As Dave Hunt has pointed out, “the Bible doesn’t waste its time ‘proving God’s existence.’ It starts out, ‘In the beginning, God created,’ and bluntly declares, ‘The fool hath said in his heart, There is no God’ (Psalms:14:1; 53:1).
Quite simply, one must ignore a great deal of evidence, and treat unfairly what evidence is left, in order to deny that Jesus existed. Michael Grant, a Classical Greek and Roman historian (no great supporter of evangelicals) notes that there is more evidence of Jesus’ existence than there for many historical figures - but no one would consider them mythological (Grant, Michael. Greek and Roman Historians: Information and Misinformation. London: Routledge, 1995).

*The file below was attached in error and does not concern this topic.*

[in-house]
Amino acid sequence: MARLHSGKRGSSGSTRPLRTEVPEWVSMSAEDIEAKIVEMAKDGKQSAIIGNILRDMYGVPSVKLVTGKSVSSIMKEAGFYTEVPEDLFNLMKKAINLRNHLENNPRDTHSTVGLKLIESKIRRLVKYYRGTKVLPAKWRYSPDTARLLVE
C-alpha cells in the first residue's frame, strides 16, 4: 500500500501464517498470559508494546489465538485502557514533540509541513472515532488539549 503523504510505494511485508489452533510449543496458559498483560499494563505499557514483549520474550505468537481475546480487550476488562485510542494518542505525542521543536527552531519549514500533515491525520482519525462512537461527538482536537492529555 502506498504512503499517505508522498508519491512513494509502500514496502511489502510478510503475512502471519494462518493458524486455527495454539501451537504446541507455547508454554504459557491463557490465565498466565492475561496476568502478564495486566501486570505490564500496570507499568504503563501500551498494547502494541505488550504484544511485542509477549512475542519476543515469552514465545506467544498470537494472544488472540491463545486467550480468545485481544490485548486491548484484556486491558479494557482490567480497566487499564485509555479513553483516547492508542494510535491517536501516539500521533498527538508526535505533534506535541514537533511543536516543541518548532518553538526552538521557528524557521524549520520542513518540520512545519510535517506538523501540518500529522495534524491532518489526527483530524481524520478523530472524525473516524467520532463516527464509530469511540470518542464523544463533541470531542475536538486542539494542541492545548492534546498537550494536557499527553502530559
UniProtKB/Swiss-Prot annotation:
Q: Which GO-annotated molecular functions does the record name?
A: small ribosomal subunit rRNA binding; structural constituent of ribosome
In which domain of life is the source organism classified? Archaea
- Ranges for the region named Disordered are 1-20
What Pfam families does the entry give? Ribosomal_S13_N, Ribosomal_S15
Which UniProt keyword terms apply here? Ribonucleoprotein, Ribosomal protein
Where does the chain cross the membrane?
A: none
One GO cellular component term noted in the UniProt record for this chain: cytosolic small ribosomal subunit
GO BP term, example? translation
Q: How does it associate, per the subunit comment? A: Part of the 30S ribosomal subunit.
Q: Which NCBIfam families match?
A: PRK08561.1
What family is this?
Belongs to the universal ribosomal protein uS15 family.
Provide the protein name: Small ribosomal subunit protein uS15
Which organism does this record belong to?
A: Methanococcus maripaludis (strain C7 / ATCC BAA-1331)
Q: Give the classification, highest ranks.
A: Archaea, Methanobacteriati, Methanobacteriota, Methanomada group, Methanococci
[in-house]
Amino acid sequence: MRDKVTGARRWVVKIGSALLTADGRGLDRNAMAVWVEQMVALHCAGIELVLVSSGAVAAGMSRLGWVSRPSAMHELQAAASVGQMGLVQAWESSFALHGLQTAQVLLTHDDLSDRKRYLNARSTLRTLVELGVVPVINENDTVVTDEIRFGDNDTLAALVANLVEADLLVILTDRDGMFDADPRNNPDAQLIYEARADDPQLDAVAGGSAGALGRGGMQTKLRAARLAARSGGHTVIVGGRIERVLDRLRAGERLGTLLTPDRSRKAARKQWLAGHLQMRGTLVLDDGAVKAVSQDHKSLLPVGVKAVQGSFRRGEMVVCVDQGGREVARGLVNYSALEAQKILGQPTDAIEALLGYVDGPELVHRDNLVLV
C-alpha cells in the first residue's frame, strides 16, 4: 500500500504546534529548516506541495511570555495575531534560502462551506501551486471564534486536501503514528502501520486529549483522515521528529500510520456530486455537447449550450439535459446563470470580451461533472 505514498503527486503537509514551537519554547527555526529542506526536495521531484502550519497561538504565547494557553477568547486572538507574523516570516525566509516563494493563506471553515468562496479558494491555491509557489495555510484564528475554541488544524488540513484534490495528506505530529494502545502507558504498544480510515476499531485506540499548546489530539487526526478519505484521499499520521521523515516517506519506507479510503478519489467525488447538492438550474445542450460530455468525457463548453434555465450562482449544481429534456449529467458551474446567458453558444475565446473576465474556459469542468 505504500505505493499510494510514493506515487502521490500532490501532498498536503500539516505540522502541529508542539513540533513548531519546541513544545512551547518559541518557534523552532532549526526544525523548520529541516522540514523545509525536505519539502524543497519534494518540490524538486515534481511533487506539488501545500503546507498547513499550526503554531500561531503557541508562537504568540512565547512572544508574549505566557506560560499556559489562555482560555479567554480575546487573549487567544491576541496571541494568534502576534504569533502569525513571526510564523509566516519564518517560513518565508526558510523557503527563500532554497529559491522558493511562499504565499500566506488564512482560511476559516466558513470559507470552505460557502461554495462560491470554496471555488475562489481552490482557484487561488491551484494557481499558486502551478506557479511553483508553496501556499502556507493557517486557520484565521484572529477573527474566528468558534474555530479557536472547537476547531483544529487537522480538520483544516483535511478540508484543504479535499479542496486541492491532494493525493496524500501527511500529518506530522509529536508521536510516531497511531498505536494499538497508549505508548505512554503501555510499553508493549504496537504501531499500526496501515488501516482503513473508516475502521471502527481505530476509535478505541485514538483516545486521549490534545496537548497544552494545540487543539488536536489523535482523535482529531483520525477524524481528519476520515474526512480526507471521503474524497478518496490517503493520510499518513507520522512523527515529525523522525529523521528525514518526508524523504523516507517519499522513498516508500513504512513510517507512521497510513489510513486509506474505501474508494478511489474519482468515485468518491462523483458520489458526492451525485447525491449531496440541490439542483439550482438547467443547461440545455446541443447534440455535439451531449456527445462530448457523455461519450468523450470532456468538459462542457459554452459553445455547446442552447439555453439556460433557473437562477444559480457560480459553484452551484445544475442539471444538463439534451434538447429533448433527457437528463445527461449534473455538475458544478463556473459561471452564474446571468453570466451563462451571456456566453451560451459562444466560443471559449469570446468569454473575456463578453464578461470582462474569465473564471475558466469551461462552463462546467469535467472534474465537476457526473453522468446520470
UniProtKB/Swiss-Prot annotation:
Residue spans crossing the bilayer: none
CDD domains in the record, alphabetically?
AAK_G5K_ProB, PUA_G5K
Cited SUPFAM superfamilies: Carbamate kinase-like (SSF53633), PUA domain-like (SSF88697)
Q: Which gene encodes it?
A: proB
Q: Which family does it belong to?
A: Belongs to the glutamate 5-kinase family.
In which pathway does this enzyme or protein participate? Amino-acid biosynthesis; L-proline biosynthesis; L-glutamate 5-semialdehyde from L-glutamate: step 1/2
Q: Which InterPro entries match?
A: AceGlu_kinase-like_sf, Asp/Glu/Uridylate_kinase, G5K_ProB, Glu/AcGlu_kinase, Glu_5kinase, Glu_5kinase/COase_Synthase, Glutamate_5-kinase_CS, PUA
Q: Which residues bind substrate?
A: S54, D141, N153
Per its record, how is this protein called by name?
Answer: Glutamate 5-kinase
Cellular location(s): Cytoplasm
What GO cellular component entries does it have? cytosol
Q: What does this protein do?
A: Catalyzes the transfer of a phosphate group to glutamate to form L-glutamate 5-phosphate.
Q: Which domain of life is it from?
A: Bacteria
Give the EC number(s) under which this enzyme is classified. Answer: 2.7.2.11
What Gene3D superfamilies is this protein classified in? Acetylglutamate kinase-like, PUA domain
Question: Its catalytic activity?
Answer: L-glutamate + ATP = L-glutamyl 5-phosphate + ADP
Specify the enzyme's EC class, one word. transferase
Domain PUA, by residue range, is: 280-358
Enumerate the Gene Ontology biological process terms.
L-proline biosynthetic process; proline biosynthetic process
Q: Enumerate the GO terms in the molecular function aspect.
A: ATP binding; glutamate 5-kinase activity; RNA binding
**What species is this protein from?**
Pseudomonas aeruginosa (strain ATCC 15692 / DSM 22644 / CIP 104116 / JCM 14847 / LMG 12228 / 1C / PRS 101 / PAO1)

Yet, despite a sufficiency of evidence, many will simply choose not to believe the scriptures. This is both irrational and inconsistent with the rules that govern the rest of human affairs. Consider the following:
“Behind the call for additional non-Christian witnesses to the existence of Jesus is the refusal to accept the testimony of the four writers we do have. Should we reject the four because they are not forty? The silence of the imaginary majority cannot overthrow the clear testimony of the few. This demand for other witnesses reminds me of the anecdote about a man accused of theft. At his trial the prosecuting attorney brought forward four witnesses who saw him commit the crime, while the defense attorney introduced as evidence fourteen persons who did not see him do it. Needless to say, the man was found guilty! “ (Harris, Murray. "References to Jesus in Early Classical Authors." Gospel Perspectives: The Jesus Tradition Outside the Gospels. Sheffield: JSOT, 1985).